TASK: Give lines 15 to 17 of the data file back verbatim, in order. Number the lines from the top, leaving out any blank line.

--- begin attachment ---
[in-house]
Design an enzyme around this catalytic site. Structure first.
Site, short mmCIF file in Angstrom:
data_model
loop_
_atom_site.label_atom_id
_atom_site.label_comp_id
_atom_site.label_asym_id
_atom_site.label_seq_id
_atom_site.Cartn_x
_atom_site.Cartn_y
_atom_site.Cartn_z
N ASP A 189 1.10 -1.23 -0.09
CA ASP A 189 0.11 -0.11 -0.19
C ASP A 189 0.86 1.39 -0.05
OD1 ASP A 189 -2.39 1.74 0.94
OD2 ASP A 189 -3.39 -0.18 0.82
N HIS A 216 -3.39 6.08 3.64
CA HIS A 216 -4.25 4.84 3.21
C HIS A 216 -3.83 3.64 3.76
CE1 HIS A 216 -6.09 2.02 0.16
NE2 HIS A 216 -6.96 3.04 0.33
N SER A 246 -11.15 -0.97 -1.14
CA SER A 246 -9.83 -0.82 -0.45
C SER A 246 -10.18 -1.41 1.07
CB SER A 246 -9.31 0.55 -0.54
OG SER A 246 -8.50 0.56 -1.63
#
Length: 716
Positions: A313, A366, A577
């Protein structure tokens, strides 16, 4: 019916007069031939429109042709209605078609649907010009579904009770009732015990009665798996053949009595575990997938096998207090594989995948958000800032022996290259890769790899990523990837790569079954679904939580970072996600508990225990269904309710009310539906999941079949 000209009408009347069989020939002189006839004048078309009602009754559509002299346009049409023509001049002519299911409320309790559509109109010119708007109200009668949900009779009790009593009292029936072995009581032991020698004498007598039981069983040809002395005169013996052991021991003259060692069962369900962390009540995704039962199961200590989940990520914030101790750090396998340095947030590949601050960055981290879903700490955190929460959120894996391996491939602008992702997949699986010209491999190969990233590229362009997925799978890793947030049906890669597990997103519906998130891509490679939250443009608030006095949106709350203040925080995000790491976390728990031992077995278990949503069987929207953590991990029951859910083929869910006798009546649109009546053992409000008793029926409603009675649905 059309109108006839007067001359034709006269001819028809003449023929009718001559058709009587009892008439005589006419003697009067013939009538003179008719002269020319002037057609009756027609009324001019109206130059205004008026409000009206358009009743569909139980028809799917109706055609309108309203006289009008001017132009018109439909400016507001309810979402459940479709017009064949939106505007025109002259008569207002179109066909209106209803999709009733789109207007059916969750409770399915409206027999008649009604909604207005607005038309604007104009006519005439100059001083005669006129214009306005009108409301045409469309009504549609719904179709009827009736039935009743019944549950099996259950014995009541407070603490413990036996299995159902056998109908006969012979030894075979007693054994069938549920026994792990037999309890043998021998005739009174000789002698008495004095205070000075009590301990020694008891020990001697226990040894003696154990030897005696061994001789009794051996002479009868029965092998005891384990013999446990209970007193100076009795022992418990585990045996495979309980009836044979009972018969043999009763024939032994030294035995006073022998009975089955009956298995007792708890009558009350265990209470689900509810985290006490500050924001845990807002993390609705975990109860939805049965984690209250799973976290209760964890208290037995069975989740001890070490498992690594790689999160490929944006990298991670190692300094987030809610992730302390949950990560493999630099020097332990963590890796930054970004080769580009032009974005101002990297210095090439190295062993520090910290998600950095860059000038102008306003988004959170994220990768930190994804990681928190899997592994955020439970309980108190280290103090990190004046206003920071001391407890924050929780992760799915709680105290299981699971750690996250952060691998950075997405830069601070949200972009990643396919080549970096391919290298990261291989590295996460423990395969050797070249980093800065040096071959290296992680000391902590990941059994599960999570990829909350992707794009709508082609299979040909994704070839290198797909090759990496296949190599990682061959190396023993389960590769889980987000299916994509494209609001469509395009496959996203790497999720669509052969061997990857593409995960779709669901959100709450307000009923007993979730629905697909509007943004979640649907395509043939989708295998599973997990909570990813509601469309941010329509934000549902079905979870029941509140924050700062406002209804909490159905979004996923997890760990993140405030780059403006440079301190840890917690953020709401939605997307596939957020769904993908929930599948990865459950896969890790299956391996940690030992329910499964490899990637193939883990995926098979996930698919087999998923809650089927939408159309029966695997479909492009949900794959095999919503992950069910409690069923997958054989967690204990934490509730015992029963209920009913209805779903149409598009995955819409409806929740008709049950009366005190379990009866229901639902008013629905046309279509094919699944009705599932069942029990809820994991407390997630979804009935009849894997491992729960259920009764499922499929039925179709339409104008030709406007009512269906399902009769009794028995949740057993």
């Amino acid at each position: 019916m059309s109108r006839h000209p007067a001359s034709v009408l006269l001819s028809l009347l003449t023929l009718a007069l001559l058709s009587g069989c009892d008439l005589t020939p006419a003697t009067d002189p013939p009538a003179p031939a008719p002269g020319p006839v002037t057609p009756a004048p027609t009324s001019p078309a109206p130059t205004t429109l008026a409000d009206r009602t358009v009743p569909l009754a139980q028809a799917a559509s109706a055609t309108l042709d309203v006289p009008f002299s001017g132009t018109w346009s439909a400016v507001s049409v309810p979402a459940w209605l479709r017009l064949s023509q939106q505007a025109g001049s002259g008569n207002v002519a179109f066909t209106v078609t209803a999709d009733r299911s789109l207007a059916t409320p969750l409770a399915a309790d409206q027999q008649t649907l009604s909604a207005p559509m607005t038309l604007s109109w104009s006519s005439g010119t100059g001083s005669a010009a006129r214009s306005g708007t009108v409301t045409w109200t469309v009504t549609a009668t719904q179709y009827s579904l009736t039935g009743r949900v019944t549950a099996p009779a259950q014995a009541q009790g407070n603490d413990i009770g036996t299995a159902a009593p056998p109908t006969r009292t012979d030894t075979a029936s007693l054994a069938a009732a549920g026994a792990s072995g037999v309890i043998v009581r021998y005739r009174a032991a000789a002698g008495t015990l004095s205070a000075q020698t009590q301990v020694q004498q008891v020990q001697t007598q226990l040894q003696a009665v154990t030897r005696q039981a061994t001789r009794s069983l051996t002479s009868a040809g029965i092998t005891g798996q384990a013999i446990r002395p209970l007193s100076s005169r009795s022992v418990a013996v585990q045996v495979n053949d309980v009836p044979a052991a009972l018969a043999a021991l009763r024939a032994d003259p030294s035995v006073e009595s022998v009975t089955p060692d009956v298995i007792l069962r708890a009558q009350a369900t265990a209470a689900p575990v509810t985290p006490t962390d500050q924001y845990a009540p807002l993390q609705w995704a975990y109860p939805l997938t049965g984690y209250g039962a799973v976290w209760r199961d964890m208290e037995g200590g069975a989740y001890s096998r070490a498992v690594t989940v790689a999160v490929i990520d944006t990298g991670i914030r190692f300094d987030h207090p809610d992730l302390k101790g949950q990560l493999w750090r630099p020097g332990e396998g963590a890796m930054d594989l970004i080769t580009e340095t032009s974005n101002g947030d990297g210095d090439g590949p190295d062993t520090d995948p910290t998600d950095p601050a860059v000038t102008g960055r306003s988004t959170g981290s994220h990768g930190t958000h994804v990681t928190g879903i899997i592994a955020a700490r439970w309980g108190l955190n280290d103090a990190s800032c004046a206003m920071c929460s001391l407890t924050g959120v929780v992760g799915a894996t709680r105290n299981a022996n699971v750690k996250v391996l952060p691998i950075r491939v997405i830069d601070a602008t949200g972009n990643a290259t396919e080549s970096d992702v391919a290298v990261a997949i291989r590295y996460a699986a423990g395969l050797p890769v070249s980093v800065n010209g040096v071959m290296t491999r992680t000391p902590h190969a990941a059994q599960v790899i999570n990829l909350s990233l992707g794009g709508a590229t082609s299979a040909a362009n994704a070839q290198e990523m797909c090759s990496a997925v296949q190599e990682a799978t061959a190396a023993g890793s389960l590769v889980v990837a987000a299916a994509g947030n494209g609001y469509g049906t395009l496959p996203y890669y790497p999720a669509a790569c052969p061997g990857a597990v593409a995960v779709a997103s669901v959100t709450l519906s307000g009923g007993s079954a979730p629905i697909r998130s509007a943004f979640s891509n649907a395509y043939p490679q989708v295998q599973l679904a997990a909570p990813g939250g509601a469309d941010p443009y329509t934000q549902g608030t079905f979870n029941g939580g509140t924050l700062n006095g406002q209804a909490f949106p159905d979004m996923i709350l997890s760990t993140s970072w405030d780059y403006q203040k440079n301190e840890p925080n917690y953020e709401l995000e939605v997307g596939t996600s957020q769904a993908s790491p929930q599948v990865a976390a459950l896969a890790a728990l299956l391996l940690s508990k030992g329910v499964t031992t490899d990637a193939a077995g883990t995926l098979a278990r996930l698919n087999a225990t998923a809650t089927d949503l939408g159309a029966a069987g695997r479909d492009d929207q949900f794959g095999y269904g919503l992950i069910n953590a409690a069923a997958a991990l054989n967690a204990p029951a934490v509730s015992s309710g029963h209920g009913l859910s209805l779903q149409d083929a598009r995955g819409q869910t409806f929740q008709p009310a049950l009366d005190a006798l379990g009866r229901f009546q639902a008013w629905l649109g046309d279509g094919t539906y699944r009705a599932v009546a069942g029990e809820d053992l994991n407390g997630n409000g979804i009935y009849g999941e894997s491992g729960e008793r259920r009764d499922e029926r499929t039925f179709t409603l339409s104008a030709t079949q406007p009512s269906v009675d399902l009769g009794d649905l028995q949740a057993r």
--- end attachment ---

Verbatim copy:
C ASP A 189 0.86 1.39 -0.05
OD1 ASP A 189 -2.39 1.74 0.94
OD2 ASP A 189 -3.39 -0.18 0.82